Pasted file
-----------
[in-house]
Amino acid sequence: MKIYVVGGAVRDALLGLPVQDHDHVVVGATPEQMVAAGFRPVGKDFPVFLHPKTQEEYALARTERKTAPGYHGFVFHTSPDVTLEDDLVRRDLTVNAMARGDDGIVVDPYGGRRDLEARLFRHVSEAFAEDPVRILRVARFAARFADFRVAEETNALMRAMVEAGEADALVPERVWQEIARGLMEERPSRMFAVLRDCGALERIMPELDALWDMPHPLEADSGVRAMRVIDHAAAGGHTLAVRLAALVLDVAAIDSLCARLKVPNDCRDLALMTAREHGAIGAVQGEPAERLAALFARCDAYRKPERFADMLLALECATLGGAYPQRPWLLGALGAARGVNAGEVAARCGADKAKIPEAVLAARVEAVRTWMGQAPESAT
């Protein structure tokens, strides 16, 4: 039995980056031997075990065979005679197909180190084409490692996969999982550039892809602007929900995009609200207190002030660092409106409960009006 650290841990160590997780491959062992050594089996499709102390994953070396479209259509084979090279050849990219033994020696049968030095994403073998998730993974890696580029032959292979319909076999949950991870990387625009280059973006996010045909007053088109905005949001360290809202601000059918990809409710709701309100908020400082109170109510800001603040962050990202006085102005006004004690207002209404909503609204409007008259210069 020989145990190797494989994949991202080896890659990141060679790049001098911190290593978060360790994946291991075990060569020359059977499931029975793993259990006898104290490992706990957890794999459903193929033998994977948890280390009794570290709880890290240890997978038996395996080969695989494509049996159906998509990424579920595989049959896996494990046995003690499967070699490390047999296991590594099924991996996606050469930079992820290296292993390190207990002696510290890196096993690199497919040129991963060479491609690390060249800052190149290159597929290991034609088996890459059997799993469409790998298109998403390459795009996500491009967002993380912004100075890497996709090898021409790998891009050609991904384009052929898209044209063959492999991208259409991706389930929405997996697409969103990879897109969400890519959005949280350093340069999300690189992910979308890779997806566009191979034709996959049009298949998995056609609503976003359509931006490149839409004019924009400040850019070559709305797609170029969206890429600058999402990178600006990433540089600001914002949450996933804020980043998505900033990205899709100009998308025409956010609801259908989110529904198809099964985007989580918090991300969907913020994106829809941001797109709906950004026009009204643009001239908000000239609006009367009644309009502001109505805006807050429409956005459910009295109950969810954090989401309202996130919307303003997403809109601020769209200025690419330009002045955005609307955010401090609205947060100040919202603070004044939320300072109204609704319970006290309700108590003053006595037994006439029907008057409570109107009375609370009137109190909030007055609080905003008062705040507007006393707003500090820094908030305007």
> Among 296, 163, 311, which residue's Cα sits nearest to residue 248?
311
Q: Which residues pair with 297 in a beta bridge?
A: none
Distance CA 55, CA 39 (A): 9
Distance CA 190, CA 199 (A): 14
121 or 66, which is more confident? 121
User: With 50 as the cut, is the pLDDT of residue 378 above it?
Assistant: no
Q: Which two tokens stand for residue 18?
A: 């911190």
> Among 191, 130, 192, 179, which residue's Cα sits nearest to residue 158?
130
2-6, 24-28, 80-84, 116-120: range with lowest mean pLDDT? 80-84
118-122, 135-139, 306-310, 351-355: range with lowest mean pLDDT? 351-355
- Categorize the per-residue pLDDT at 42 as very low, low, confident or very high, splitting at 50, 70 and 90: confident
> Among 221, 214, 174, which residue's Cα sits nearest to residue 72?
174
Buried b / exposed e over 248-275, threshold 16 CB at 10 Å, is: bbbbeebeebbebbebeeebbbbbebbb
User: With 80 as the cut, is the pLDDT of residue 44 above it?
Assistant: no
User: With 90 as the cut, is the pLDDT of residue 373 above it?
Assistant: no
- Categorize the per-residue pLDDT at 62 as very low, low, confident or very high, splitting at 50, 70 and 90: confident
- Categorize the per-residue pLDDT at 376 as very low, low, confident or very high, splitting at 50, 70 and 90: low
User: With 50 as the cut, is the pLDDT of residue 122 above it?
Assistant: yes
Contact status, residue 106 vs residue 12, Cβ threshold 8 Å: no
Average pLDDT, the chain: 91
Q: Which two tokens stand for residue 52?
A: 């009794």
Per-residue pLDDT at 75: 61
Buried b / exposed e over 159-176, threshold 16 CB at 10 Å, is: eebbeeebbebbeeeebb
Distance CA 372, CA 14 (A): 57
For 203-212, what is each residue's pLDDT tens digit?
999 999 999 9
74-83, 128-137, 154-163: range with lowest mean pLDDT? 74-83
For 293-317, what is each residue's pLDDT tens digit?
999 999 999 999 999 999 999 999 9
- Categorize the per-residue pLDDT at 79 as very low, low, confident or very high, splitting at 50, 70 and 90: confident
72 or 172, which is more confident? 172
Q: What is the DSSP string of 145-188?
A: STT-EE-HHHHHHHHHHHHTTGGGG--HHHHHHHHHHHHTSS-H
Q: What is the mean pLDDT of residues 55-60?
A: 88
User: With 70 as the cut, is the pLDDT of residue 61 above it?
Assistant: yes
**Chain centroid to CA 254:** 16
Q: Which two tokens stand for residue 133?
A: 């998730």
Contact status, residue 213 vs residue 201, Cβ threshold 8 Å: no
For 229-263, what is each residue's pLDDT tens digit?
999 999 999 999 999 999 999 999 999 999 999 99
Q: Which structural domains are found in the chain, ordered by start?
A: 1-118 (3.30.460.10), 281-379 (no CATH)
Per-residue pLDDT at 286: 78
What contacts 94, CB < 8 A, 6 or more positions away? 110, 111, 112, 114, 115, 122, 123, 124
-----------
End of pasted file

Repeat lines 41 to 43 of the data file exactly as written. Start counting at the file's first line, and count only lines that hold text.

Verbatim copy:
For 293-317, what is each residue's pLDDT tens digit?
999 999 999 999 999 999 999 999 9
- Categorize the per-residue pLDDT at 79 as very low, low, confident or very high, splitting at 50, 70 and 90: confident